Livestock and Carnivores: Economic and Ecological Interactions
Journal article, Peer reviewed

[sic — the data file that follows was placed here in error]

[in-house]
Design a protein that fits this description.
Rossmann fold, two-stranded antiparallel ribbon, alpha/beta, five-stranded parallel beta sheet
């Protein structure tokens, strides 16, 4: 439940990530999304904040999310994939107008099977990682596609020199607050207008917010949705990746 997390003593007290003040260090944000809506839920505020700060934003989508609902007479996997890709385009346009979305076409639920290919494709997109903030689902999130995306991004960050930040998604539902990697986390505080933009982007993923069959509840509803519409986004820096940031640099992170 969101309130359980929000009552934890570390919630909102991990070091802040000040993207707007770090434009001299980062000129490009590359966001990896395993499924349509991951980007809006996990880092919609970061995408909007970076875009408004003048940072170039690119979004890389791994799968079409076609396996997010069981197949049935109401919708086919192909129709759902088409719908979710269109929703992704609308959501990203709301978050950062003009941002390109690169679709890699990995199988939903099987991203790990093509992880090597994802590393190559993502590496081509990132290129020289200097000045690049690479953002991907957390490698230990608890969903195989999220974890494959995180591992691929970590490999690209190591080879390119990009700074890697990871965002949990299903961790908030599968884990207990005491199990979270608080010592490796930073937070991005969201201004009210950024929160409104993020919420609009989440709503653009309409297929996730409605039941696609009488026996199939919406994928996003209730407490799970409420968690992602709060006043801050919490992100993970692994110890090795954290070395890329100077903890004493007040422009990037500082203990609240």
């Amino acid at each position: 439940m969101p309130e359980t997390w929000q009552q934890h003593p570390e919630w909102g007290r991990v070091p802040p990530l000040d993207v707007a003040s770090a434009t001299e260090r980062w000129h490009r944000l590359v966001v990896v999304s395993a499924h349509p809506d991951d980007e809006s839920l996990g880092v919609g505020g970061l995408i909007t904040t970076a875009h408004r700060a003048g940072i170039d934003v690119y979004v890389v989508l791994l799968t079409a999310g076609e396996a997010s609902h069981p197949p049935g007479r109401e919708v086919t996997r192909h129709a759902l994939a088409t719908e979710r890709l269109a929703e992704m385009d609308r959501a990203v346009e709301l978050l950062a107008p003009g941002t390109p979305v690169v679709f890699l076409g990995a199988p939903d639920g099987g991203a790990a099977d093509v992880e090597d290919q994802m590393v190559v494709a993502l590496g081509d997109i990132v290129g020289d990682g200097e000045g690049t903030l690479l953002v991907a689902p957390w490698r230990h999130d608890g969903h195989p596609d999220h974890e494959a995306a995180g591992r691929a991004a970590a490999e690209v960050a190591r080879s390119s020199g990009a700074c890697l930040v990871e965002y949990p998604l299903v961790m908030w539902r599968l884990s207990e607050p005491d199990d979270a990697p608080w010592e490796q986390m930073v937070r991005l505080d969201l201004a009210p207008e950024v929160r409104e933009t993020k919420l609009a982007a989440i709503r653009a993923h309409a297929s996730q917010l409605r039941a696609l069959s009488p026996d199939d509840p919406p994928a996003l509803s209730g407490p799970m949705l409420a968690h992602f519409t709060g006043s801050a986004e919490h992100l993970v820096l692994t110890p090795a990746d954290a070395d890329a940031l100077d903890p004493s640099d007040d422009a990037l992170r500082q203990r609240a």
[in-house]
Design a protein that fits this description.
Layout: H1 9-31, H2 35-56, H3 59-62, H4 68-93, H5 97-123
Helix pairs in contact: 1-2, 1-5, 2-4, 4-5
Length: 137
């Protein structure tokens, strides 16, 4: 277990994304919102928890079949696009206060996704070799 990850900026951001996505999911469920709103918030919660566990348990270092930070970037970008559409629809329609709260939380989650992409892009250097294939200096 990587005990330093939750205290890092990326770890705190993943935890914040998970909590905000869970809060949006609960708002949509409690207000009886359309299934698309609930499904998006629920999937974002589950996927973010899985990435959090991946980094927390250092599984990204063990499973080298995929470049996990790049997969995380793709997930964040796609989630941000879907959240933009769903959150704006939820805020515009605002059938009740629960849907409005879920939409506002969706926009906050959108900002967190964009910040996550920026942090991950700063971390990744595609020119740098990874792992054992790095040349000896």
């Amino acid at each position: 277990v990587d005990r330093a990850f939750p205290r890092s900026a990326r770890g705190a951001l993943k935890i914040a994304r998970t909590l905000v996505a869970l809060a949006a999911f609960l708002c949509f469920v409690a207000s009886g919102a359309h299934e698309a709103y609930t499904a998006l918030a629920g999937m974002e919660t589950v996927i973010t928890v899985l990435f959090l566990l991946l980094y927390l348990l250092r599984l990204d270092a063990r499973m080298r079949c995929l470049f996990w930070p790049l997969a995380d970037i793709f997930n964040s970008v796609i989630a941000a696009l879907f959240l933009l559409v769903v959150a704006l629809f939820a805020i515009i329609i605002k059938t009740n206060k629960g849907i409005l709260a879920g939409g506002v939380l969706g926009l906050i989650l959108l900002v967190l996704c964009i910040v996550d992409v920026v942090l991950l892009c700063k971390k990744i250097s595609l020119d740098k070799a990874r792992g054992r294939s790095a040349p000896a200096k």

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Carnivores-livestock interactions cause human-wildlife conflicts worldwide. These interactions are present under a wide range of ecological and economic circumstances. This paper studies the relationship between predation mortality and natural mortality, when food availability affects natural mortality of the livestock. Semi-domestic Saami reindeer (Rangifer t. tarandus) herding in Norway is used as a case study. When predation affects reindeer density, food competition among reindeer changes, which changes weights and natural mortality in the reindeer population. An age-structured bio-economic model is presented, where this relationship is taken into account. While predation mortality may be additional to natural mortality in absence of food limitation, it can compensate for natural mortality in situations of food scarcity. Furthermore, due to density dependency in livestock weights, predation may increase the meat value of livestock. The paper analyzes how predation affects livestock production and economic performance under an optimized management scheme. One main result is that predation shifts the optimal harvesting composition towards calf harvesting and, therefore, the optimal stock composition among the different categories of animals. This contrasts findings in the existing bioeconomic literature. Furthermore, a changing harvesting pattern towards calf harvest is an important adjustment that highly limits the negative impact on profit of predation.